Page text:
It is instructive to review the last seven books on this infographic. Maybe it’s time to rethink how we encourage our children and our friends who say “I don’t read books.”
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Lancia E. Smith
I also find it interesting and helpful to know that an audiobook is roughly twice as long as it would take to read the same story on paper or kindle. To Kill a Mockingbird takes about 5.5 hours to read, and the audiobook is just over 12 hours long.
Wow, this is cool. It showed me that I read below the average speed.
More and more, I’m finding that when I bring up a book to discuss, people say that they haven’t read it, but they’ve seen the movie. Or the t.v. show for Game of Thrones. Then I make some comment about why the book is better because of character depth interactions, settings, pronounced theme… To which they say that they don’t have time to read. Why would they when a movie is 2 to 2 1/2 hours with incredible special affects? But seeing the story in your own mind is so much better!
What’s also cool is The Hunger Games. Four of my friends read the book after the first movie came out and then read the rest of the series. They had to know what was going to happen.
For me, the genre has a huge impact on the time it takes for me to read a book, more than the word count. It took me a long time to wade through The Iliad but The Odyssey went much faster. I tear through one of Clancy’s novels because I can’t wait to see what happens next. Some books, especially Scripture, cause me to take it slow and ponder what’s being said.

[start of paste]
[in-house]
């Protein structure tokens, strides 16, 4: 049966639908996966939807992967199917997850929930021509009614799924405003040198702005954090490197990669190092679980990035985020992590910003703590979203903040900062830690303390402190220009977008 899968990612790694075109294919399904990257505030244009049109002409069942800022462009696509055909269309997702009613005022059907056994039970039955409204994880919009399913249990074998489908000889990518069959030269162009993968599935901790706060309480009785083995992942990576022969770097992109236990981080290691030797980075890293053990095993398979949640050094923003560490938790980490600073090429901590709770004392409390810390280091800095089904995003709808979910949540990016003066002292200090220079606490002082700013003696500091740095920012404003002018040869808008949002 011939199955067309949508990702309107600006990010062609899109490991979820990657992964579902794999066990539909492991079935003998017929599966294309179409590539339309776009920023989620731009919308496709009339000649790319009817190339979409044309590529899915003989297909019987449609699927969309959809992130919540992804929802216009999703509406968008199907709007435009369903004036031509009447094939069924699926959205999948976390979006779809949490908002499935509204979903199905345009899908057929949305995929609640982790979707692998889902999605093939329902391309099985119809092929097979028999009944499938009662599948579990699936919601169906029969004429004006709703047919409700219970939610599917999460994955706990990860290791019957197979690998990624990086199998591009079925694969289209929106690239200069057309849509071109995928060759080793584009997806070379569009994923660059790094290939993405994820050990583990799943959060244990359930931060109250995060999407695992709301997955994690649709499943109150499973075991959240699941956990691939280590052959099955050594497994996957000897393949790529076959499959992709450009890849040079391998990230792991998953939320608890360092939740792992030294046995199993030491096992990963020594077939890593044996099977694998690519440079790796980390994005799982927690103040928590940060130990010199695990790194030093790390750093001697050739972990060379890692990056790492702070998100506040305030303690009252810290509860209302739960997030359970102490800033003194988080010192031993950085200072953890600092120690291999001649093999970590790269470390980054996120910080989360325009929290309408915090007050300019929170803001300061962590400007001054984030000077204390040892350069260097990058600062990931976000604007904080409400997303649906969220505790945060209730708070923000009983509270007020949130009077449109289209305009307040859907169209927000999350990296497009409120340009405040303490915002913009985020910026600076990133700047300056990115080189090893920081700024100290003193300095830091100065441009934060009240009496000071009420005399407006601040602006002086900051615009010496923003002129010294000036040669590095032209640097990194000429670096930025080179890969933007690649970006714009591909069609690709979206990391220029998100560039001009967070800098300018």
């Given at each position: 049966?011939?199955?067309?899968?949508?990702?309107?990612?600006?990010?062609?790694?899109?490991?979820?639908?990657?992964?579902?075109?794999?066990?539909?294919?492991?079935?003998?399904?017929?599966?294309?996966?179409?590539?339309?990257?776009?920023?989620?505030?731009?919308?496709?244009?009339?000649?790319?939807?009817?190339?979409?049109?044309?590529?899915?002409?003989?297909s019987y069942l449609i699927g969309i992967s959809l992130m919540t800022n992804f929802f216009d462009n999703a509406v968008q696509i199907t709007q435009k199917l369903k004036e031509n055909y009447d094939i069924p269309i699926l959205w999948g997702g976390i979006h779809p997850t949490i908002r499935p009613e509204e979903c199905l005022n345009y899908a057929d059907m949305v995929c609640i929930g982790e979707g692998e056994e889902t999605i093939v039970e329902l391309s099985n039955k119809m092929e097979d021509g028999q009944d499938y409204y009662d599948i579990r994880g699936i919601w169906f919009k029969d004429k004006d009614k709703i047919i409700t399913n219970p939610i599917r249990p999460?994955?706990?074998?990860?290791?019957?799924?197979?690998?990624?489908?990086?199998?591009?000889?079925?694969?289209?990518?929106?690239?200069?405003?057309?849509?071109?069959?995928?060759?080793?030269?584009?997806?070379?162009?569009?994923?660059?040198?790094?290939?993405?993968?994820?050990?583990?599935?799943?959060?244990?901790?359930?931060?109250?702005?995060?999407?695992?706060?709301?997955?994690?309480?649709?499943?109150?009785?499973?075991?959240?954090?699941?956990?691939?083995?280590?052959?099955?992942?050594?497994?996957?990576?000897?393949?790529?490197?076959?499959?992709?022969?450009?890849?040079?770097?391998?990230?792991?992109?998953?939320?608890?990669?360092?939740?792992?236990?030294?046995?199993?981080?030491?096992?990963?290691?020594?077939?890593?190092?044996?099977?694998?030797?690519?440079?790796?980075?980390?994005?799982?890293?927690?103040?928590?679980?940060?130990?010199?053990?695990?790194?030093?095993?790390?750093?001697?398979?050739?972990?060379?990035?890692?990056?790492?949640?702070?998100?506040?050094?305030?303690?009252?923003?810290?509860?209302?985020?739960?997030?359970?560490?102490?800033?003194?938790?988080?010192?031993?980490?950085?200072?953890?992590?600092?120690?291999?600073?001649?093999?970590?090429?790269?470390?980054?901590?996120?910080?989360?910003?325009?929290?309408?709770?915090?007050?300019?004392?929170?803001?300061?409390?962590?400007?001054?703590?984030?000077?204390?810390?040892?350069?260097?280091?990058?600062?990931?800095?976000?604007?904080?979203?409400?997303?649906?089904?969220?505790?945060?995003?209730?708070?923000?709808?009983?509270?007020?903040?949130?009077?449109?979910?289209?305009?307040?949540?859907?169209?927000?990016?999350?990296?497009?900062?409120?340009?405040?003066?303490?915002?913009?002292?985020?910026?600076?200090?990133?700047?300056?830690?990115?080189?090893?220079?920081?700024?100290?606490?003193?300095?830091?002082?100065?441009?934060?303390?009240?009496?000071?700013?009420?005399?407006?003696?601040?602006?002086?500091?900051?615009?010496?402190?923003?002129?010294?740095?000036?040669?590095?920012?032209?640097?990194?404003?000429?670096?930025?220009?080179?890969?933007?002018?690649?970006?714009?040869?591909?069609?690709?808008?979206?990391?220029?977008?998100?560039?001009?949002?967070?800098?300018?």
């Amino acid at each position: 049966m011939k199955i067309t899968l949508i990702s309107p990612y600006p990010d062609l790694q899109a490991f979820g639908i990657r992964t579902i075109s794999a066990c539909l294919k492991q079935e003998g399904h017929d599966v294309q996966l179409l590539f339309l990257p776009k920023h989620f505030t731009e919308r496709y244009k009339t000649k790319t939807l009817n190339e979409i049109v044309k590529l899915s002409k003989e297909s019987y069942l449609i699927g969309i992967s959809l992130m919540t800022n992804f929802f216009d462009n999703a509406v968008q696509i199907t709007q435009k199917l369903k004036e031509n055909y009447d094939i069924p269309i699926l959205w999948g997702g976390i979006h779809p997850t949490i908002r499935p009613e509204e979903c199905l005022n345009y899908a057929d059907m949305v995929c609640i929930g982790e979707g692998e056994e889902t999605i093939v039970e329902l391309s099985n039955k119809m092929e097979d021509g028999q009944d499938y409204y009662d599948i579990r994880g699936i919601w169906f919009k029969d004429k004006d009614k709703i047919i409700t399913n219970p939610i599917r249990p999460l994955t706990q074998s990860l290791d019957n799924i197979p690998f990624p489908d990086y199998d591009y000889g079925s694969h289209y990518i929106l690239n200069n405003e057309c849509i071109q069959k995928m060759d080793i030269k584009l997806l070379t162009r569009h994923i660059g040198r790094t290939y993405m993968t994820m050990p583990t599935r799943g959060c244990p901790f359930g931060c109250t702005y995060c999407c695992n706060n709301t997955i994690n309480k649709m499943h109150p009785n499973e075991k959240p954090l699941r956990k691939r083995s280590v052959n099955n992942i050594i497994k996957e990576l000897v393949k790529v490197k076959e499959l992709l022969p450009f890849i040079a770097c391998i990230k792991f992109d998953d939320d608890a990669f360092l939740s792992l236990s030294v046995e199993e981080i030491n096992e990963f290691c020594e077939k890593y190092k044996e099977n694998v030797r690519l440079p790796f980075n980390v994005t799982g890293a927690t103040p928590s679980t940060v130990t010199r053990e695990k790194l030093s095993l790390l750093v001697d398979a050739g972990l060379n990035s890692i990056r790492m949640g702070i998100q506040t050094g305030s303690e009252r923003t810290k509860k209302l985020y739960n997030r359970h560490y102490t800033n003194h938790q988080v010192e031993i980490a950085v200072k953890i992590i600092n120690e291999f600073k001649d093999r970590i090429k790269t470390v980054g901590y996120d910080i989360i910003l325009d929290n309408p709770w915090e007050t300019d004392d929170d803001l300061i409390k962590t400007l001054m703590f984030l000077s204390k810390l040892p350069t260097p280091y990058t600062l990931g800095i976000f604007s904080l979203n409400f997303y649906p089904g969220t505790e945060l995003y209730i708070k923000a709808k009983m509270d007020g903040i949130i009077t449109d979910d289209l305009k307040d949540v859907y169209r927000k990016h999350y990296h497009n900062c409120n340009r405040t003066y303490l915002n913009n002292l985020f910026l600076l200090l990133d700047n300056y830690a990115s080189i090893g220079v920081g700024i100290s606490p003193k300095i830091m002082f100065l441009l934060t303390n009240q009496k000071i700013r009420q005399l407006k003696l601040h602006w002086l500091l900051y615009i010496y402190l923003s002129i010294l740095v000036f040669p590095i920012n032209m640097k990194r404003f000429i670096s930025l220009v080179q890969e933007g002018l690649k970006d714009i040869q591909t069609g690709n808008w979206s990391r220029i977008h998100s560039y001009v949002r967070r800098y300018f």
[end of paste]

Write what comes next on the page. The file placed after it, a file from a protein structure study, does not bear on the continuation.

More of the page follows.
I will admit, though, that the thicker a book is the longer it takes me to decided whether I want to tackle it. I’m sure I’ve missed some wonderful ones because of that.
I never considered myself a slow reader, but if these numbers are the norm, I’m a turtle. The notion that one can read even a relatively short book like A Brave New World between breakfast and lunch strikes me as ludicrous.
And I was an English major.
I’m with you Laura. This is for someone who is speed-reading, not comprehending. Reading the bible in 40 hours, is just utter nonsense.
In REALITY, if you’re reading the literature mentioned for a college-level course, in particular if you’re an Eng/Lit graduate student, it will take days if not weeks to read the text thoroughly enough to do well on an exam. Students are normally expected to study and memorize numerous passages, to recite, or recall on a test. Keeping track of the hundreds of character names, such as Greek gods/goddesses/creatures in The Odyssey, requires taking solid notes – nothing quick about it. What is also not accounted for, is looking up vocab words and reading the intense footnotes on every page, so that you can try to understand the context.
Janet Ann Collins
How do they choose the reading times? I know I’ve read some of those books in a lot less time than they say, although I wasn’t watching the clock.